Chief Richard Akinjide
Chief Richard Akinjide, in a special session of the Supreme Court to mark the beginning of the New Legal Year/conferment of Senior Advocates of Nigeria, eulogises Chief Justice of Nigeria Aloma Mukhtar
I thank warmly the Honourable Justice Aloma Marian Mukhtar, GCON, the Chief Justice of Nigeria, for her letter of August 1, 2012, inviting me to deliver an address at this Special Session on behalf of the Body of Senior Advocates of Nigeria. My warm thanks also go to all the Honourable Justices of the Supreme Court, to all the Senior Advocates of Nigeria, the members of the Bar and all the invited guests. My special greetings to all the new Senior Advocates of the Bar.
My Lord, the Honourable Chief Justice of Nigeria. You have made history. The history of Nigeria can never be complete without your name as the first female Chief Justice of Nigeria. It is gratifying that in Nigeria today, many women have acquired education up to the very high levels in various professions. It is no longer the preserve of men. A lot of women in Nigeria have risen up the professional ladder and become captains in their own right to direct the affairs of multinational companies and regulatory authorities. But I am happy to confirm that the legal profession is such a noble profession where everyone is treated equally with no gender issues or discrimination in keeping with the Nigerian constitution.
My colleagues at the Inner Bar and those at the Outer Bar with special mention of those who today will join the rank of the Inner Bar to become Senior Advocates of Nigeria, I congratulate you all that our profession has, indeed, come of age. We have risen above inequality and gender issues through the appointment of the Hon. Justice Aloma Mariam Mukhtar, GCON, as the first female Chief Justice of Nigeria. As I often say, the sky is not the limit for an achiever. It is not in many courts in the world do we have a lady as the Chief Justice of the country. I also wish again to congratulate all the other Justices of the Supreme Court for being the current members and part of this great history.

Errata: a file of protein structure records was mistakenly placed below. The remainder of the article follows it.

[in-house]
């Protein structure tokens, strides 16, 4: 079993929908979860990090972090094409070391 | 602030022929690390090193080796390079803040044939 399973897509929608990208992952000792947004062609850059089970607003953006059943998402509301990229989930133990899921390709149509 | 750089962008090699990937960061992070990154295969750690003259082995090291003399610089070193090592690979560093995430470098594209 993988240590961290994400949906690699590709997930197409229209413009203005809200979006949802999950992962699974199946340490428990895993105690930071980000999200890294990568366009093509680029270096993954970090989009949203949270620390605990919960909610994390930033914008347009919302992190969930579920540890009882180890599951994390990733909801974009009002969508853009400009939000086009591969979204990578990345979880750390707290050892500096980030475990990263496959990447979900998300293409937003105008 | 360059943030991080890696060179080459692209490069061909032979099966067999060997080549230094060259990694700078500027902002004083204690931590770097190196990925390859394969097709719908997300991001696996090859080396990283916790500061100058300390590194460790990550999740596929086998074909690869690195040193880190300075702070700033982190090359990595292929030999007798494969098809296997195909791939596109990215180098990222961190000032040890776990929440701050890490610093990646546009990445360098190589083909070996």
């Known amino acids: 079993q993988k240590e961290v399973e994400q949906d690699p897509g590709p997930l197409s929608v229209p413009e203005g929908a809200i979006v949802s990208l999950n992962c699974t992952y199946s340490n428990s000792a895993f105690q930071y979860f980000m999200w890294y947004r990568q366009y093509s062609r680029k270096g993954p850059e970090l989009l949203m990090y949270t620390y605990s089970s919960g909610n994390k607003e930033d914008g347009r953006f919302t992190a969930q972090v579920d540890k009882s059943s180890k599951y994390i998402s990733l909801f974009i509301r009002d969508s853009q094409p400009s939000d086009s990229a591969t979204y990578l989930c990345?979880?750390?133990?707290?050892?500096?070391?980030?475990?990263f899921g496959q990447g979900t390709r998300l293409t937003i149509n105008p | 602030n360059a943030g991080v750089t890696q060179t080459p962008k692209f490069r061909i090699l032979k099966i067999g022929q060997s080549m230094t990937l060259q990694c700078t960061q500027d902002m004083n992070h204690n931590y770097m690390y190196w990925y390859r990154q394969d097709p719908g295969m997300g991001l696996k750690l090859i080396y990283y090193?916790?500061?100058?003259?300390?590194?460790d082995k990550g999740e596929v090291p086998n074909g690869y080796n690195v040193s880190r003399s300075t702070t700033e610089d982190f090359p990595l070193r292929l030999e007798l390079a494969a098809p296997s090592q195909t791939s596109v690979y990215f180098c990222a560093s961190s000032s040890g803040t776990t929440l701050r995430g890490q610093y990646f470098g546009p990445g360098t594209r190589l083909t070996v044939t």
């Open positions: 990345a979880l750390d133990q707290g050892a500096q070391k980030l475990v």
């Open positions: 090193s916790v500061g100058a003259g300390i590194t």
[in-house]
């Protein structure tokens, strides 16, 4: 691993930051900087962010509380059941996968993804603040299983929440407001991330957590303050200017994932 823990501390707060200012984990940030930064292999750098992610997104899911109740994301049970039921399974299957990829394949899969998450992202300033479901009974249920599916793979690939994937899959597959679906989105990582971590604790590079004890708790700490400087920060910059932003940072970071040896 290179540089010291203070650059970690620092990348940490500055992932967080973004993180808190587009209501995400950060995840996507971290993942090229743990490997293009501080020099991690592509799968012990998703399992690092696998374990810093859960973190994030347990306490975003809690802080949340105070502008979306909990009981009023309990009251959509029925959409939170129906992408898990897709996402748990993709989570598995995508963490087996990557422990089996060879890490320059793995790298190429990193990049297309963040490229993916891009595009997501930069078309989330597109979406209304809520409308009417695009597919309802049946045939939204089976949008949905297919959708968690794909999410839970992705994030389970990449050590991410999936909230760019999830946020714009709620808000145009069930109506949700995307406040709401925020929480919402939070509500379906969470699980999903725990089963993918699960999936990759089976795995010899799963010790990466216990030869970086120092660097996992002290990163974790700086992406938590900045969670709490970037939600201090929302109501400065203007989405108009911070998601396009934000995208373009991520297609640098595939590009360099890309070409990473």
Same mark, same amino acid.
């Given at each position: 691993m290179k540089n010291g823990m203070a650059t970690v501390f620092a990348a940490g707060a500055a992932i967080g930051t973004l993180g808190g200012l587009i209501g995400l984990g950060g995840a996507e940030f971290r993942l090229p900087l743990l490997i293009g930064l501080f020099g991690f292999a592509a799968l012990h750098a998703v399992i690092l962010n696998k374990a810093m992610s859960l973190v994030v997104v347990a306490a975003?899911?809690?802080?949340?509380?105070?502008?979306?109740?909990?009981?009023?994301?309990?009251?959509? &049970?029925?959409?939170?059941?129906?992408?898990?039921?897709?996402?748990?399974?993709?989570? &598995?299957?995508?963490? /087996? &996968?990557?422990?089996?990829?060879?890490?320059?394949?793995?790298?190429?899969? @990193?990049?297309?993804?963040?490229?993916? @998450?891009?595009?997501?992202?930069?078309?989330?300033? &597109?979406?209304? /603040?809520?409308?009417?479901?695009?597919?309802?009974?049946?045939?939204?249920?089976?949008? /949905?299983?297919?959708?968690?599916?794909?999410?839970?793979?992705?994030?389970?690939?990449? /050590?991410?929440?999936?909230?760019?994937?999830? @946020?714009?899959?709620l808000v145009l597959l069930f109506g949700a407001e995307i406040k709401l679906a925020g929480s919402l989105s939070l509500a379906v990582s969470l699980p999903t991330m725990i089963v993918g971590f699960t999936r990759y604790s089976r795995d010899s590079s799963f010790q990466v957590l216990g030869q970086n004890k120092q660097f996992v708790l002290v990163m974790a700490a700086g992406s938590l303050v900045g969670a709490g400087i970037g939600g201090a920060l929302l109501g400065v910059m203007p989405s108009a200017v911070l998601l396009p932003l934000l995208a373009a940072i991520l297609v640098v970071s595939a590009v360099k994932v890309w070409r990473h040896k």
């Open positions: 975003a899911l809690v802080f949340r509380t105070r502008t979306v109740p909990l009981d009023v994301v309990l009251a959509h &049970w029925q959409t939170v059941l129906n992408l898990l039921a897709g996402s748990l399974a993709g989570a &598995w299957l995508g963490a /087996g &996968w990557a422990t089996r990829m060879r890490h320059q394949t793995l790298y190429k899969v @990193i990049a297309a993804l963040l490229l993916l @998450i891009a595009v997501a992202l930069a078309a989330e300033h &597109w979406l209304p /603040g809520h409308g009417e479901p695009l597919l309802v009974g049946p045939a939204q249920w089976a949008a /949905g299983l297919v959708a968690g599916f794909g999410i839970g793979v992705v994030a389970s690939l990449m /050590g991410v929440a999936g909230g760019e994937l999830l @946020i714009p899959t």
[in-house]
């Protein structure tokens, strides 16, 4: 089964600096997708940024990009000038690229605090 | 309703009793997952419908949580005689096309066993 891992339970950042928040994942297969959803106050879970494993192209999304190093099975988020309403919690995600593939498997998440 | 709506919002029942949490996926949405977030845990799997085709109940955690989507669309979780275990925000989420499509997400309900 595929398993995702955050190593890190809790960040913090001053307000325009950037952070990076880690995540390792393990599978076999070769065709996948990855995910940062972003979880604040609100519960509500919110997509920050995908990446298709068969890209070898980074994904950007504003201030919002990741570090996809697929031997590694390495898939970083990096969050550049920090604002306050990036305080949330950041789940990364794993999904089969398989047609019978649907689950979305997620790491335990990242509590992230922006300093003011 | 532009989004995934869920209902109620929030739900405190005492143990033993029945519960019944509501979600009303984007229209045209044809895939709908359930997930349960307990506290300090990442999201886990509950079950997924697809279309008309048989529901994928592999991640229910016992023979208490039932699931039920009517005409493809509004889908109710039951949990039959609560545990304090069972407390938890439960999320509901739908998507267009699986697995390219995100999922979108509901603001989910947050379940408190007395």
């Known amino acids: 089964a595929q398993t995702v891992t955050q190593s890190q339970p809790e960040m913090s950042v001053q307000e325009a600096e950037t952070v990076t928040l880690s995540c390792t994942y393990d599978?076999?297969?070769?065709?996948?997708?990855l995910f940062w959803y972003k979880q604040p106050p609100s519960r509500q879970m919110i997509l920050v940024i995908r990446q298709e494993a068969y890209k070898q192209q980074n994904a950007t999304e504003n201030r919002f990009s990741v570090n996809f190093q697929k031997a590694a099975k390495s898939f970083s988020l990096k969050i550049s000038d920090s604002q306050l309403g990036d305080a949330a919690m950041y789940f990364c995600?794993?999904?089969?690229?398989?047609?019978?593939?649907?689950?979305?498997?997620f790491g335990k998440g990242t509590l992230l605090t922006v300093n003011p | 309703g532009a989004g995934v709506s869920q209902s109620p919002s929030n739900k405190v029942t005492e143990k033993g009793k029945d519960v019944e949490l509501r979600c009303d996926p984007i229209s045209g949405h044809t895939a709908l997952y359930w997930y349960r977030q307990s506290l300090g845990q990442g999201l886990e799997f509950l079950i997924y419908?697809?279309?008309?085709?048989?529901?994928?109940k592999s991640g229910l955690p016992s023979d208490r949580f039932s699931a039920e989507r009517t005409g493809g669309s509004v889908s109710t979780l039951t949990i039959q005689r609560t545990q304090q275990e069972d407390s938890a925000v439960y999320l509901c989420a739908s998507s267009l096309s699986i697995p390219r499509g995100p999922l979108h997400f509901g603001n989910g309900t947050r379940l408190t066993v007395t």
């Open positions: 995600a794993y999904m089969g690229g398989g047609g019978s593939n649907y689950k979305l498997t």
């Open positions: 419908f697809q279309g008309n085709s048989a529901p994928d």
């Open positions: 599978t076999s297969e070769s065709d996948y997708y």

I had the privilege of visiting a number of the Highest Courts in some countries – England, United States of America, The Gambia, Ghana, India, Australia, to mention only a few. In the United States of America, there is one great custom in the court, which is of a great interest to me and one that I treasure. Each day when there is oral argument, just before the Justices go out on the Bench and before they confer, every Justice shakes the hand of every other Justice. To some people this may seem strange and unnecessary but you must remember that they are a very small group. They see and interact with one another, and they all know they will continue to do so for the rest of their professional lives. But it is important that they get along together so that they can go along together.
The American constitution, signed on September 17, 1787, was produced by 57 men. Although subject to the constitutional terms, women were “unacknowledged in its text, uninvited in its formulation and unsolicited for its ratification,” according to Deborah L Rhode in her book, Justice and Gender: Sex Discrimination and The Law (Harvard University Press 1989 at page 20).
In permitting each state in the United States to determine the qualification of voters for Congress, the United States constitution deliberately endorsed laws in virtually every state that prohibited women from voting. Nonetheless, in setting out the contours of American government in 1787, the framers of the constitution envisioned to rule for American women.
In the United Kingdom, women were not given the right to vote until 1918 to 1919.
I hereby pay homage to all the former Chief Justices of Nigeria who have all been very honourable and great. On behalf of my colleagues, I wish you, my lady, a fruitful tenure as the Chief Justice of Nigeria.
To my colleagues who today formally join the Inner Bar, I extend to you the good wishes of the Body of Senior Advocates of Nigeria. This is a great honour, but one which carries very great responsibilities. It is my prayer that you will all extol very high ethical values of our great profession as you join the rank of Senior Advocates of Nigeria.
God bless you all.
• Chief Richard Akinjide, CON, SAN, FCI Arb. (UK) FCE, was Nigeria’s Attorney General and Minister of Justice in the Second Republic